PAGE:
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Unwanted garbage may, at last, find Fla. home

Unwanted garbage may, at last, find Fla. home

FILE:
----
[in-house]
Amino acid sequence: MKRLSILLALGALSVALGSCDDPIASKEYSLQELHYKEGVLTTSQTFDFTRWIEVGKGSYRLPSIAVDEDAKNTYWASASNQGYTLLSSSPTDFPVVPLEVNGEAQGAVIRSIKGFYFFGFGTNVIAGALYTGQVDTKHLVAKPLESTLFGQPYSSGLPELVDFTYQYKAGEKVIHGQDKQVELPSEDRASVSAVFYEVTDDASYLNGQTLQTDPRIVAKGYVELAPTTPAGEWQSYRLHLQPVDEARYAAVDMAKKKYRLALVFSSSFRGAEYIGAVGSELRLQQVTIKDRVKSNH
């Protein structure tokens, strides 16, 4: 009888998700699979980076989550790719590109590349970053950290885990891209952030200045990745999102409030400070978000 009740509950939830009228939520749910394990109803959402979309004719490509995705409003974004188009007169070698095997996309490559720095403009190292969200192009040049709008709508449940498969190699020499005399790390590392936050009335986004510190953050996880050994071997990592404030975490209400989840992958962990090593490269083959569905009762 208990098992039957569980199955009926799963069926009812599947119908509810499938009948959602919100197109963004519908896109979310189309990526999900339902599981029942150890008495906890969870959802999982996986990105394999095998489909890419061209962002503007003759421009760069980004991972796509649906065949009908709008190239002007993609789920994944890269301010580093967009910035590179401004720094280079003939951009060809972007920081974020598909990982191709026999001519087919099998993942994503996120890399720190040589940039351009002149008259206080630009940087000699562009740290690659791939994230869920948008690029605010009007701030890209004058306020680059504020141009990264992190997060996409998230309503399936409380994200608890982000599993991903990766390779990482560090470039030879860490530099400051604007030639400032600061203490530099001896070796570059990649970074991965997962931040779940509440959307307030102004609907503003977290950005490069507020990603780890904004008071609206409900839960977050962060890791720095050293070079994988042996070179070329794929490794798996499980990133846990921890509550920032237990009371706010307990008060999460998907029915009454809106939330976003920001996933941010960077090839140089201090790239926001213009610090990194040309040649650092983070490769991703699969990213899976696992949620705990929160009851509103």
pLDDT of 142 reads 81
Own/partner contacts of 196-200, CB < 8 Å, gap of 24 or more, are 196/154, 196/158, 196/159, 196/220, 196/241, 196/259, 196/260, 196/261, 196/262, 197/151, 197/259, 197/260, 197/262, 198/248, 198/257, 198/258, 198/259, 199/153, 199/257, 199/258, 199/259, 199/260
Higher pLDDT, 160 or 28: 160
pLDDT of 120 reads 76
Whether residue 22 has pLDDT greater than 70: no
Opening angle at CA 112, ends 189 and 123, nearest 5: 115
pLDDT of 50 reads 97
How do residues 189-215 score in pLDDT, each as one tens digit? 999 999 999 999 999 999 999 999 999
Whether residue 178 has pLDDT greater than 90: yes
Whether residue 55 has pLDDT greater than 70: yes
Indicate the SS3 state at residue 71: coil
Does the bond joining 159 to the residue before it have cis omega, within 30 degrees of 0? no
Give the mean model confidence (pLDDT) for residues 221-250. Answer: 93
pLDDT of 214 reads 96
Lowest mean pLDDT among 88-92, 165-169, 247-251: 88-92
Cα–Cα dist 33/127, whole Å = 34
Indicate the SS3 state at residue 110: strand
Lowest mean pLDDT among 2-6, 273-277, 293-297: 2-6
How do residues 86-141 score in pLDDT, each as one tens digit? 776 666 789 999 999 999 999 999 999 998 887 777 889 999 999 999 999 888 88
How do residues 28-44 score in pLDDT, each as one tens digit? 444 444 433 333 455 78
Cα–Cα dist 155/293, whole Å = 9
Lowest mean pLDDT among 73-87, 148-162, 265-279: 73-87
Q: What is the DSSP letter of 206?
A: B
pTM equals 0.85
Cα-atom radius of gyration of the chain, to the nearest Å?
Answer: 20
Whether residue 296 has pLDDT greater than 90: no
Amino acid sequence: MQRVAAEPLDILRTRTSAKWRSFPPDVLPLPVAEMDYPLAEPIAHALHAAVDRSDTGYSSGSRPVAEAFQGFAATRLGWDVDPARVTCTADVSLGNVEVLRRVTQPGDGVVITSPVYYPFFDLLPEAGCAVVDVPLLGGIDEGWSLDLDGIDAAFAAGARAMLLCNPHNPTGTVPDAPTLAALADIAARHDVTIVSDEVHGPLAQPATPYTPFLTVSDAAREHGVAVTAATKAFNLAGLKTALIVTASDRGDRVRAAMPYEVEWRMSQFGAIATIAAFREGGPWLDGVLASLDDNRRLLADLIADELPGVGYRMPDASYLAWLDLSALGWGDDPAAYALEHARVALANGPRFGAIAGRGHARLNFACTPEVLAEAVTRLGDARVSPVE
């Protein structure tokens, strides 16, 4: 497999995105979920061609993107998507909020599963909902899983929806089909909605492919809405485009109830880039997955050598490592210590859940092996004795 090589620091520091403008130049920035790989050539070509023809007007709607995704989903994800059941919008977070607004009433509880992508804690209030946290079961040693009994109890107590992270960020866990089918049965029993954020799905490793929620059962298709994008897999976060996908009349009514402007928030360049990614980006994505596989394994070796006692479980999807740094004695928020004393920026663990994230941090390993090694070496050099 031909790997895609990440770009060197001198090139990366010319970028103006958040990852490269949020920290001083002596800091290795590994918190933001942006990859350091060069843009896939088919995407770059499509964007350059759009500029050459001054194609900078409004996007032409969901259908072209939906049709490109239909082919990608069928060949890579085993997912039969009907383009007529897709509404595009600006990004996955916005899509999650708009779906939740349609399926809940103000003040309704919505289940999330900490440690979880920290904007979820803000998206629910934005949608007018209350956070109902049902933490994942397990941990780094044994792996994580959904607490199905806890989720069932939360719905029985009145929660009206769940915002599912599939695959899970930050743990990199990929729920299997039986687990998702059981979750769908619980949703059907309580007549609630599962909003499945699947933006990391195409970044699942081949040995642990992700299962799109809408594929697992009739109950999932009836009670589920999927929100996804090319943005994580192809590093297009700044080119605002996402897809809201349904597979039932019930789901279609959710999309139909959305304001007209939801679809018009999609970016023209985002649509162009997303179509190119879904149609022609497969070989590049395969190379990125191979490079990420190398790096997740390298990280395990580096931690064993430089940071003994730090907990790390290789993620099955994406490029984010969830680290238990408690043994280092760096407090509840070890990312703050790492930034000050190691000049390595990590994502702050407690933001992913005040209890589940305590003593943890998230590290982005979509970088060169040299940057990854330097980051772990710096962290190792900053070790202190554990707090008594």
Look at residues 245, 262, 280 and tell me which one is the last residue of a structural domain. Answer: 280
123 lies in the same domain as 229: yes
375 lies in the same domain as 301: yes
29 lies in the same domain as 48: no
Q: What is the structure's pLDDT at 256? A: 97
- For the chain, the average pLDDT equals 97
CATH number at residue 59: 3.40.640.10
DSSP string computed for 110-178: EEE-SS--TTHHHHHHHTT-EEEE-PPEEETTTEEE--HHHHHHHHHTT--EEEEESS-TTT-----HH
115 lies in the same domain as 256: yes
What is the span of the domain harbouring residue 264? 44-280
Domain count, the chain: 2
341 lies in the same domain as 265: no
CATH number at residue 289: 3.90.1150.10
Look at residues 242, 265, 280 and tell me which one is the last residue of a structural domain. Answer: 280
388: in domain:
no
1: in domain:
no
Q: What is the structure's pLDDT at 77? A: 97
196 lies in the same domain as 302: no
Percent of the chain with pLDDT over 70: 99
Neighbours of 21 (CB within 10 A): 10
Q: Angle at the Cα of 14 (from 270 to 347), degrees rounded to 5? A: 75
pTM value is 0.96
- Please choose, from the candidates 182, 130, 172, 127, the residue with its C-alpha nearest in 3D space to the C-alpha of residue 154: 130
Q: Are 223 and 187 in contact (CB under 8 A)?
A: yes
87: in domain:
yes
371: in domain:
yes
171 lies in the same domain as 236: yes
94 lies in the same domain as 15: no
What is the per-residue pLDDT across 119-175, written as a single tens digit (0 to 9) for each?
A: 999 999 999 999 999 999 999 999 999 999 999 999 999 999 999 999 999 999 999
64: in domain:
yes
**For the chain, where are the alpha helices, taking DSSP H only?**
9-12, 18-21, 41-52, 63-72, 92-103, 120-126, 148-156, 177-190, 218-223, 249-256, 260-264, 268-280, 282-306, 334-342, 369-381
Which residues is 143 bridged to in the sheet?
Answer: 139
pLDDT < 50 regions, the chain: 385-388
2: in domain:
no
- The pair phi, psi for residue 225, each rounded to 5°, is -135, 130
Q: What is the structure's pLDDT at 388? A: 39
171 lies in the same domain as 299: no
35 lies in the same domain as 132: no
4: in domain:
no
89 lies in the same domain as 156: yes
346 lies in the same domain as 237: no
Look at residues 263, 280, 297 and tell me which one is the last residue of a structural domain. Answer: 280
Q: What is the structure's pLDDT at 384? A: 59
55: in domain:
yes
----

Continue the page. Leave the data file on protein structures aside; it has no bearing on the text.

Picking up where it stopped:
MIAMI - The last of a pile of unwanted trash turned away by governments worldwide and stranded at sea since Ronald Reagan was president may finally receive a welcome close to South Floridas most popular tourist beaches. State environmental officials approved on Thursday a plan to re-burn the 3,000-tonne heap of garbage, which is currently sitting on a barge near central Florida, and dispose of the fresh ashes in a landfill near Ft. Lauderdale. But the plan drew protests on Friday from both environmental and county activists, who said the waste was hazardous since it contains toxic metals. "This will release whatever heavy metals are contained in that ash and disperse them in the environment," said Ann Leonard, co-director of Essential Action, an international environmental group that has run a project called Return to Sender for years to get the trash sent back to where it originated. The trash has been spurned by governments including Bermuda, Puerto Rico and Singapore, and rejected in US states such as Georgia, Ohio and Virginia. It is a small chunk of what was once a 15,000-tonne mound of incinerated municipal waste from Philadelphia. Government officials in 1986 signed a contract with a company to ship the material elsewhere after tensions in the labor force caused the closing of a Philadelphia city landfill, according to a statement issued on Thursday by the Florida Department of Environmental Protection. To be dumped on distant shores, the garbage sailed on a vessel called the Khian Sea for two years before it was accepted by officials in the Caribbean nation of Haiti. Those officials thought the ashes were a gigantic pile of fertilizer, the statement said. Papers showed that over a decade, mariners dumped at least 4,000 tonnes of what used to be beer bottles, newspapers and old shoes on the countrys northern shores. But then Haiti halted the dumping and the Khian raised anchor. The master of the ship later admitted to dumping some of the ashes into the Atlantic and Indian oceans during its travels. The Florida Department of Environmental Protection says the waste has been tested several times and proved to be safe. "We do believe this is a suitable plan that will put the problem to rest once and for all," said Don Payne, a spokesman for Waste Management Inc., which will carry out the incineration in a Pompano Beach plant. REUTERS NEWS SERVICE
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